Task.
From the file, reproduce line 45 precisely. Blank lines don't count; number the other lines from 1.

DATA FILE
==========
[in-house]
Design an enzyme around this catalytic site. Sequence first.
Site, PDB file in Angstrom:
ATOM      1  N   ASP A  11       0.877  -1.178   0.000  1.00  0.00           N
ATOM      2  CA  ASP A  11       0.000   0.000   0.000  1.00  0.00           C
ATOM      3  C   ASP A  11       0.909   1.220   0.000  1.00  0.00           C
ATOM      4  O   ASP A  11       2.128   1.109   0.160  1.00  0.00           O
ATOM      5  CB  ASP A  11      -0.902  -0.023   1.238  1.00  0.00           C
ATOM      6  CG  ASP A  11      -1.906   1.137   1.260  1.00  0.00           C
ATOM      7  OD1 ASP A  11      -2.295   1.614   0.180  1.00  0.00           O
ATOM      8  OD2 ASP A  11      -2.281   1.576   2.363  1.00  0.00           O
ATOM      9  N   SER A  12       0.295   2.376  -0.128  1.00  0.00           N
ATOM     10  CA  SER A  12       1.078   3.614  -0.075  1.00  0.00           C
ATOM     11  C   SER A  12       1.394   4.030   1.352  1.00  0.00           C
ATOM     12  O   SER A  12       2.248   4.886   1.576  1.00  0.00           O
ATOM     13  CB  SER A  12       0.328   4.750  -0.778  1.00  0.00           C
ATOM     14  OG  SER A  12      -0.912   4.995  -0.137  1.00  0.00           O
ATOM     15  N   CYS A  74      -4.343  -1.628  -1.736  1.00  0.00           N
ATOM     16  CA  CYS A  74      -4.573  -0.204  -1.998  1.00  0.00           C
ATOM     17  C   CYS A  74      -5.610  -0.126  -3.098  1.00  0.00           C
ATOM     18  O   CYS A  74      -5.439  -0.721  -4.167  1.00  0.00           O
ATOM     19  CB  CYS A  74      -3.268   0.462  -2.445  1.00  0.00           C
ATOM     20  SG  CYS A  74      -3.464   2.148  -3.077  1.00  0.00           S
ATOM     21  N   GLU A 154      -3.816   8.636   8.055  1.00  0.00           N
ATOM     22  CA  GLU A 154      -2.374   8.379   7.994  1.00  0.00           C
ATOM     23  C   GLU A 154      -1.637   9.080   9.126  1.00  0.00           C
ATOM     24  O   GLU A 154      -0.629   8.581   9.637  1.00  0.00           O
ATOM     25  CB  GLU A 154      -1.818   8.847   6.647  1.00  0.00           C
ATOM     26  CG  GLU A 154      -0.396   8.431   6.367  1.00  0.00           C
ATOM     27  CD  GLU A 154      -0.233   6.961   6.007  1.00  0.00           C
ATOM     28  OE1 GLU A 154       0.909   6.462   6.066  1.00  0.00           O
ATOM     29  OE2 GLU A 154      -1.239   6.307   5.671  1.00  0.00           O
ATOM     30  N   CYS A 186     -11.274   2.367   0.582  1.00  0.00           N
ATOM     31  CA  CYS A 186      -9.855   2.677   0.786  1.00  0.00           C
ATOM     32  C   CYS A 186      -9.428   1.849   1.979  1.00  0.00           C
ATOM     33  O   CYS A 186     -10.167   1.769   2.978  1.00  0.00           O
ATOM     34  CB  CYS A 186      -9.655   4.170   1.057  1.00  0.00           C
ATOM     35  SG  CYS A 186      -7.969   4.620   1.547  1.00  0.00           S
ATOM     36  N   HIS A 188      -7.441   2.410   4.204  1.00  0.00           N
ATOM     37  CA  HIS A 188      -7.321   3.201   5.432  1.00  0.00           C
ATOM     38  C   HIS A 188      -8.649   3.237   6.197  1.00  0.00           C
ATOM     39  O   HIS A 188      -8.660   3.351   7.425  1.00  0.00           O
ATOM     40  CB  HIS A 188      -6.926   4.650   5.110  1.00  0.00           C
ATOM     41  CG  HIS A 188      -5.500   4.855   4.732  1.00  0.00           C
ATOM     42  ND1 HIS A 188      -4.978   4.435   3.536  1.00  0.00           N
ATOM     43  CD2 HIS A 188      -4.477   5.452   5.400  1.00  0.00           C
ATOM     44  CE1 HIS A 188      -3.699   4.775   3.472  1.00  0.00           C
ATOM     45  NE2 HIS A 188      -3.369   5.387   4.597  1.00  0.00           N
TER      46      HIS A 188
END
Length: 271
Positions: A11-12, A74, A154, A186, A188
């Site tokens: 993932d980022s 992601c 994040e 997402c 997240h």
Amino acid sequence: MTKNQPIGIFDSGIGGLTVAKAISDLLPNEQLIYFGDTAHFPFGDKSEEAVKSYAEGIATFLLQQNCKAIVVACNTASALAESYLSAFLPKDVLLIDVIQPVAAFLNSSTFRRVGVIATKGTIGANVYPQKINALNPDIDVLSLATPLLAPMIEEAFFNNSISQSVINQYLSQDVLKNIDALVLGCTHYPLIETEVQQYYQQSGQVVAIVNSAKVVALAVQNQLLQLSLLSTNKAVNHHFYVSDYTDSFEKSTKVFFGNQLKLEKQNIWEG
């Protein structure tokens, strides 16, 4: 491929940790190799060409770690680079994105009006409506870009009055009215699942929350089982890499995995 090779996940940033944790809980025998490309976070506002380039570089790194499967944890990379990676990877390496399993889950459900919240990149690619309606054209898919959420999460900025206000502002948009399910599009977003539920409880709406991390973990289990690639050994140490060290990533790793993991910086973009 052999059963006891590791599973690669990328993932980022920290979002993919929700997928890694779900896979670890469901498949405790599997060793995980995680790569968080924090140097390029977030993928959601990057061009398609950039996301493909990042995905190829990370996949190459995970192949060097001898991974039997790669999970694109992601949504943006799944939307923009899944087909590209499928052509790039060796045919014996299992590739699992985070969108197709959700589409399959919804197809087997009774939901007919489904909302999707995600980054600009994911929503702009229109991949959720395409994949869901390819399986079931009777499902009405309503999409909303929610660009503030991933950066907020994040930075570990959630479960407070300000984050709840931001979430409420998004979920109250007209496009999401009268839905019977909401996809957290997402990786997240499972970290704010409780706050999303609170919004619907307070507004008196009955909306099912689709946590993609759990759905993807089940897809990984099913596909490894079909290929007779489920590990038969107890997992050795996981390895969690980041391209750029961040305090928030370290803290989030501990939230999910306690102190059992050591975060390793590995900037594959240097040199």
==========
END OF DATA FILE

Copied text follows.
ATOM     42  ND1 HIS A 188      -4.978   4.435   3.536  1.00  0.00           N